The University of Utah is transitioning to a doctoral program in nursing. The move, experts say, is consistent with principles of 21st century health systems. And it's part of a growing national trend.

The Doctor of Nursing Practice is the first new degree offered by the U.'s College of Nursing in 30 years. There are 62 such doctoral programs now enrolling students nationwide and more than 60 others in the works.

The hope is that it will not only thoroughly prepare students for theadvances in medicine, but respond to the needs of the public to ensure quality and safe health care, said U. College of Nursing Dean Maureen Keefe.

"The big push from the national data set is that the health care of the public would be improved if we had good, strong interdisciplinary teams that are well-prepared and will work together," Keefe said. "Outcomes would be better if we really work together well and in our own scope of practice."

The American Association of Colleges of Nursing is asking schools to transition master's-level advanced nursing degrees into the doctoral degree by 2015. Increasing complexity of health care, availability and growth in scientific knowledge as well as the use of sophisticated technology have created the need for more clinical hours, which results in the advanced nursing degrees.

Proponents say the doctorate degree will better prepare its holders to meet needs created by a projected shortage of family practice doctors and will also expand the field of nurses with advanced degrees qualified to be on nursing college faculties, which will in turn be able to train more students to reduce nurse shortages.

Increasingly, advanced-practice nurses are filling primary-care medicine roles across the country, especially as newly trained MDs head for more financially lucrative specialties, eschewing family practice. The shortage is further complicated by the fact that a large percentage of family practice MDs are expected to retire within the next 15 or so years.

Current nurse practitioners, nurse anesthetists, clinical nurse specialists and nurse midwives, who all hold advanced nurse-practice degrees, would be grandfathered in.

The U. will turn out its first 32 DNPs this December, with another set of nearly 100 beginning next year. The school has received more applications than it can accommodate, and officials are optimistic about the response and about the results so far, Keefe said.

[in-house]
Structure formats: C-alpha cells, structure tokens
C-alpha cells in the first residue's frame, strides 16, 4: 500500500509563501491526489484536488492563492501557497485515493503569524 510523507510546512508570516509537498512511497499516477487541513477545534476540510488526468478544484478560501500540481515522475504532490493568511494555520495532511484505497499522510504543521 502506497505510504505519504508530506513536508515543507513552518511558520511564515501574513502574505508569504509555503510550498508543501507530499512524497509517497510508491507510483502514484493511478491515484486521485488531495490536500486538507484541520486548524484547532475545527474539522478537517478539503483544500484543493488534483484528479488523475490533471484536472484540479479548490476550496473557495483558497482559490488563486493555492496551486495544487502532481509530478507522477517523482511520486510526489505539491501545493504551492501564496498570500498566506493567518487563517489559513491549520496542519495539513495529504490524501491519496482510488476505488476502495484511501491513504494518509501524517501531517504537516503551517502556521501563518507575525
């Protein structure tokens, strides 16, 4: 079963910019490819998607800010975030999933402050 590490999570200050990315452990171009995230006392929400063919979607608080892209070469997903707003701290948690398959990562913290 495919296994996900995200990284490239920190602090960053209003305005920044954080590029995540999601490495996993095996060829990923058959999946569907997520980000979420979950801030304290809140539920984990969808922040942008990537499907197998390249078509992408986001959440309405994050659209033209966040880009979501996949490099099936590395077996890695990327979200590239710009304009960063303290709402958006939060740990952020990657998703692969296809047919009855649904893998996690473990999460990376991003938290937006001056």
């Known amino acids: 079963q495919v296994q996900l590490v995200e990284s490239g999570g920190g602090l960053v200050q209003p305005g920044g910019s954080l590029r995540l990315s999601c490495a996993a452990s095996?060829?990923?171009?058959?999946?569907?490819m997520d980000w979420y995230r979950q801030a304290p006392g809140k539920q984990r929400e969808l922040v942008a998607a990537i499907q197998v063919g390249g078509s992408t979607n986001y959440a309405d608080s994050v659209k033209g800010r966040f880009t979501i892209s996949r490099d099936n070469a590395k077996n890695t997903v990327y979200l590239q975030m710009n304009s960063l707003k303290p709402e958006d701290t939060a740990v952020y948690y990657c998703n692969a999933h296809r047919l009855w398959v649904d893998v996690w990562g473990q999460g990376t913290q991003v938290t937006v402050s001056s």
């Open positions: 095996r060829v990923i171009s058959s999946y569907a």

"They are already great clinicians, but they ask different kinds of questions, and they are thinking more broadly," she said. "They have gone from being one-on-one to making a bigger impact."

While doctors applaud the move to train more nurses, they are less enthusiastic about the choice of a name. The so-called doctor-nurses wear name tags that designate themselves as "DrNP." And because they hold a doctorate, they may introduce themselves as "doctor," to which some doctors object.

"Nurse practitioners already serve as primary-care providers, so it doesn't change their roles," Keefe said. "We're not interested in misrepresenting who we are. We are part of a team."

Dr. Mark Bair, president of the Utah Medical Association, is not sure patients will pick up on the differences in training if nurses call themselves "doctor" in recognition of their doctoral degrees. When someone meets a family practitioner who is an MD (medical doctor) or a DO (doctor of osteopathic medicine), said Bair, an emergency room physician in Payson, the patient knows that individual got an undergraduate college degree, then completed medical school and a three-year residency. That's consistent throughout the country. The new nursing programs require far less and lack consistency.

Other doctors share the concern. "It's an undeniable fact that a nurse with a graduate degree does not have the same education and training as a physician who has completed medical school and residency training, and it's misleading for nurses to introduce themselves to patients as a doctor," American Medical Association board chairman, Dr. Edward L. Langston wrote in a letter to the Wall Street Journal in April. He also noted training inconsistency. "While one DNP graduate may complete a two-year program including a one-year residency, another can complete the program entirely online and without any patient care."

The U. has proposed a curriculum based on national requirements, made up of core nursing courses, clinical practice and courses specializing in organization, community and population. It is projected that to earn a doctorate following a master's degree, students will need to complete four additional semesters, or 33-36 credits. To earn a doctorate following a bachelor's degree in nursing will take students about nine extra semesters, or 75-90 credit hours. Keefe said the hours are equivalent to doctoral programs in other disciplines.

Courses will be offered on campus, as well as on an executive level, including intense weekend class work and online, and all will do a capstone project. It is unknown how the degree will affect salary ranges, Keefe said, as "those things are market-driven."

"We do have a critical need for nurses prepared at all levels," she said, adding that opting for a DNP is a "personal choice."


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